The market situation (late October to late November)
What a change a month can bring to the fickle tomato market in terms of supply and demand. Supply, by late October, was in full swing especially from the new seasons' crops due to the warmer night temperatures, and there were some winter crops still going quite strongly and later than usual and overlapping with the new season crops. There also appears to be more low input growers than before. Are there more of them; e.g. new growers in old greenhouses around Auckland, or more leased glasshouses and cucumber growers converted to tomatoes that the industry doesn't know about?
Demand has not followed this abundance in supply and really hasn't picked up at all yet. With the late spring and the colder weather still around (down here in central NZ anyway) consumer demand is down and folk haven't moved on to the BBQ and summer salads yet.
Consumers also have long memories of the $15/kg retail pricing of mid-winter and are showing a great reluctant to increase their consumption of tomatoes. Also some retailers appear to be taking a bigger margin by holding on to unrealistic retail prices while the returns to growers quickly spiralled downwards. This price gap is continuing. Prices in the lower North Island in particular are under considerable pressure and almost out of control. This could be because a significant southern supplier doesn't yet appear to have a clear marketing strategy in place. That is an unusual situation in this day and age.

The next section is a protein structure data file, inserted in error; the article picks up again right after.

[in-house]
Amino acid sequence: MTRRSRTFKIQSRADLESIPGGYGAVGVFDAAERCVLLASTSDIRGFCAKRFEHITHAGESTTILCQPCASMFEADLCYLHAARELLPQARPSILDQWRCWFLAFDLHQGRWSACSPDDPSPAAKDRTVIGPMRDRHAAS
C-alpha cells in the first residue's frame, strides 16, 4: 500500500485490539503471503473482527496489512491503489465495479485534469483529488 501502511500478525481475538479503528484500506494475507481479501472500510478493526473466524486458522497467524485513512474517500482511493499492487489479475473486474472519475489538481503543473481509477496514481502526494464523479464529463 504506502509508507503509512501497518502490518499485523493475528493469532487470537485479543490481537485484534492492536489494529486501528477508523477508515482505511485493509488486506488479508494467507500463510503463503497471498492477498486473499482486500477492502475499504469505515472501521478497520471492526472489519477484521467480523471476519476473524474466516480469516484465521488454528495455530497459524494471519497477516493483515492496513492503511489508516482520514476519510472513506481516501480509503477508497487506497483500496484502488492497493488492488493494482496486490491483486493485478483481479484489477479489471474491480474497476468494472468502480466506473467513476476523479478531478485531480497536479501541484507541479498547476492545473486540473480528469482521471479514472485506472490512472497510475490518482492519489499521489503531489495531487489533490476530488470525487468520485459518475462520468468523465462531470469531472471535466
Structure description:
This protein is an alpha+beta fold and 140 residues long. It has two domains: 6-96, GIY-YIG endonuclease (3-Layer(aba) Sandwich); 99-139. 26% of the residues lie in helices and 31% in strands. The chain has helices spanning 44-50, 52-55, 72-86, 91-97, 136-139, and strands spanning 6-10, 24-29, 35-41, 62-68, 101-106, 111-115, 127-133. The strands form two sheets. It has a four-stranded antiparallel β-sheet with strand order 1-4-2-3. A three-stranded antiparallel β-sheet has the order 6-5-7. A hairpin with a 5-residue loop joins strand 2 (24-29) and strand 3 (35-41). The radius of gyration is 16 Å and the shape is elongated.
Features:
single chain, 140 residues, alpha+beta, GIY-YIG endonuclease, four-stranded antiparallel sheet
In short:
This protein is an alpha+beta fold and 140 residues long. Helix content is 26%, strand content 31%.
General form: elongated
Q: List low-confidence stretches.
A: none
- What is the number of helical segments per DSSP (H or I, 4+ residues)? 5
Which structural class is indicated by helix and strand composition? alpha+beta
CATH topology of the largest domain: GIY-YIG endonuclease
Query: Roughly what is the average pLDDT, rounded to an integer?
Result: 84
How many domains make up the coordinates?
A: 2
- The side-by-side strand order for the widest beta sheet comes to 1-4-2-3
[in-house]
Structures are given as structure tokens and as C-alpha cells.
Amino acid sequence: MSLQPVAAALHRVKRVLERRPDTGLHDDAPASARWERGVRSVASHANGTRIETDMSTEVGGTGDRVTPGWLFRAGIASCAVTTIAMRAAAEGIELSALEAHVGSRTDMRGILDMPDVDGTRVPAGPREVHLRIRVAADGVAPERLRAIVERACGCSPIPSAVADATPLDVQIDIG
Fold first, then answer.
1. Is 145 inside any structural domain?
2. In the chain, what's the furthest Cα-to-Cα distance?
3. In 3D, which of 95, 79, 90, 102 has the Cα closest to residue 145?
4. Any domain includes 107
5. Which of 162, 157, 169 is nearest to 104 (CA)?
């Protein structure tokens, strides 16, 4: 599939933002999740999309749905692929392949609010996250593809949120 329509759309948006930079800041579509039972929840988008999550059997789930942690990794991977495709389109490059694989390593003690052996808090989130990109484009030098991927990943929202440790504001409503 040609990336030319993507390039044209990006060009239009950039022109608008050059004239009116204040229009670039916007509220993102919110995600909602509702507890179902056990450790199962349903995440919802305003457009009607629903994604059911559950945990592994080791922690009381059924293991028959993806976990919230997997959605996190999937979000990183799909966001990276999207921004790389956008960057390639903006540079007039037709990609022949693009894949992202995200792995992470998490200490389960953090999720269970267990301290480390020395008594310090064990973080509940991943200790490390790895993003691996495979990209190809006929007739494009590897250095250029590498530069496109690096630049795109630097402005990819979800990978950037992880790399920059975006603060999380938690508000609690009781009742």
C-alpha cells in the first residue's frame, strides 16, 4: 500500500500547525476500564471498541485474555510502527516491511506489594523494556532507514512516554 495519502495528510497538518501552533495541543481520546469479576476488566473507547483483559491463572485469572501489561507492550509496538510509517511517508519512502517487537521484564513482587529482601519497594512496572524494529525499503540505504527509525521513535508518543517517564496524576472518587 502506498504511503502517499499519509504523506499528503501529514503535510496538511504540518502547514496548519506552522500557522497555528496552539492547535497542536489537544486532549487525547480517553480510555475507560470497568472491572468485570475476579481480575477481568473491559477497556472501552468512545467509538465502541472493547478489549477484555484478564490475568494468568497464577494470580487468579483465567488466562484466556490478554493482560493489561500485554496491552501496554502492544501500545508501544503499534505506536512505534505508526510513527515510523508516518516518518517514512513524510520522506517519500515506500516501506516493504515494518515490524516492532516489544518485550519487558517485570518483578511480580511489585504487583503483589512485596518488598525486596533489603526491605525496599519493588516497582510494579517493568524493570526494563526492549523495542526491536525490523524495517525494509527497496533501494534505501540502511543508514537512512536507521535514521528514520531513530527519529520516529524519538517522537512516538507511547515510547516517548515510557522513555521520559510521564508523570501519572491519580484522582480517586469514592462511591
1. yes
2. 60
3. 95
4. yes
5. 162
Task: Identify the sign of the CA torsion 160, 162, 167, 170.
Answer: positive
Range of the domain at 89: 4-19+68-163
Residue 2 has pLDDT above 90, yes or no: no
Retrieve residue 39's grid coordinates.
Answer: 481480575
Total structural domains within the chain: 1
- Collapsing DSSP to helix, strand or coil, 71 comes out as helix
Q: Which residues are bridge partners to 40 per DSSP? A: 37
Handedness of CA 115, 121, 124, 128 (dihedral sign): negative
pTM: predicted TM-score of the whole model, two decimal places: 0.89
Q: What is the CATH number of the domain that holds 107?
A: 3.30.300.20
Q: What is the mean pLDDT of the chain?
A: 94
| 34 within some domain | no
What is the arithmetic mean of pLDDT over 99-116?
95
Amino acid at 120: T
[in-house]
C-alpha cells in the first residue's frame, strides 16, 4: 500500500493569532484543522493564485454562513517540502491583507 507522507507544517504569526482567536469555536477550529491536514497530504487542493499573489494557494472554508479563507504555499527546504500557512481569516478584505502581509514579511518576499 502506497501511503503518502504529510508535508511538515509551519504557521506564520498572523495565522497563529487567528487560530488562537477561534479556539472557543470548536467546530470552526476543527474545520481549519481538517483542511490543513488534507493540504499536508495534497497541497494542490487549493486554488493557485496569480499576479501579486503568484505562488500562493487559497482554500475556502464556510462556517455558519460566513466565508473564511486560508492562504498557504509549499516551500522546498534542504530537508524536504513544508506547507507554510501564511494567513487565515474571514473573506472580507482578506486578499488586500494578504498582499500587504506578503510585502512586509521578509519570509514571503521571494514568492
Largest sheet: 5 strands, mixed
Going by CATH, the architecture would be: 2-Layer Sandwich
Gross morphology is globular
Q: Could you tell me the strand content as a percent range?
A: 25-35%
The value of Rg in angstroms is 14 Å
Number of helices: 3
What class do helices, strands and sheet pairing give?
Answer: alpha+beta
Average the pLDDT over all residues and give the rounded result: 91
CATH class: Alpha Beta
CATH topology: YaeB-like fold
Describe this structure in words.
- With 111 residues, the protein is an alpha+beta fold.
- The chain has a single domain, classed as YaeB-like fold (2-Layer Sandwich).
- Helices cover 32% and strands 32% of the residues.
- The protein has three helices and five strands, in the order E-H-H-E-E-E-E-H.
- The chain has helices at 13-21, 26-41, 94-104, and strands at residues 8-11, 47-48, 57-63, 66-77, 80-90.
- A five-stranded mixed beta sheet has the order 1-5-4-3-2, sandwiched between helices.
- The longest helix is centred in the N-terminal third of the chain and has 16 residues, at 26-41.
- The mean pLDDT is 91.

Good relief has come early on from our exports where one or two of the large growers have been shipping as much volume offshore as they possibly can to help protect returns to all growers in this depressed domestic market situation. The market in Australia is not a straightforward one by any means and some of the exporting has often been to the detriment of the returns to these large growers when that market, and the additional costs, are compared to the domestic one. Hopefully all growers appreciate this extra export effort.
Tomatoes ripe for the picking! (Part of TomatoesNZ's media release of 8 November)
"Its official - the juicy season is finally upon us, and supermarket shelves nationwide are brimming with new season New Zealand tomatoes. The tomato is New Zealand's favourite vegetable and continues to be one of the most staple and versatile Kiwi meal-time ingredients.
Pukekohe tomato grower and Horticulture New Zealand Young Grower of the Year winner, Ben Smith, urged consumers to take advantage of this special time of year. "It's a fantastic sight to see the bountiful supply of tomatoes on offer to consumers right now. It's a sure sign summer is just around the corner and so Kiwis will be switching to seasonal meals and recipes - and tomatoes are a mainstay of any summer diet."
In recent years the range of tomatoes available to New Zealand consumers has grown considerably with cherry, low acid, strawberry, roma and vine-ripened tomatoes becoming increasingly popular.
Wim Zwart, Chairman of TomatoesNZ, says the plentiful supplies now available are the result of months of hard work and dedicated crop management by growers. "It's great to see Kiwis enjoying the fruits of our growers labour, there is no comparison to New Zealand produce. I urge consumers when shopping to choose 100% New Zealand tomatoes, which are very reasonably priced at this time of year."
Proactive Industry Media Plan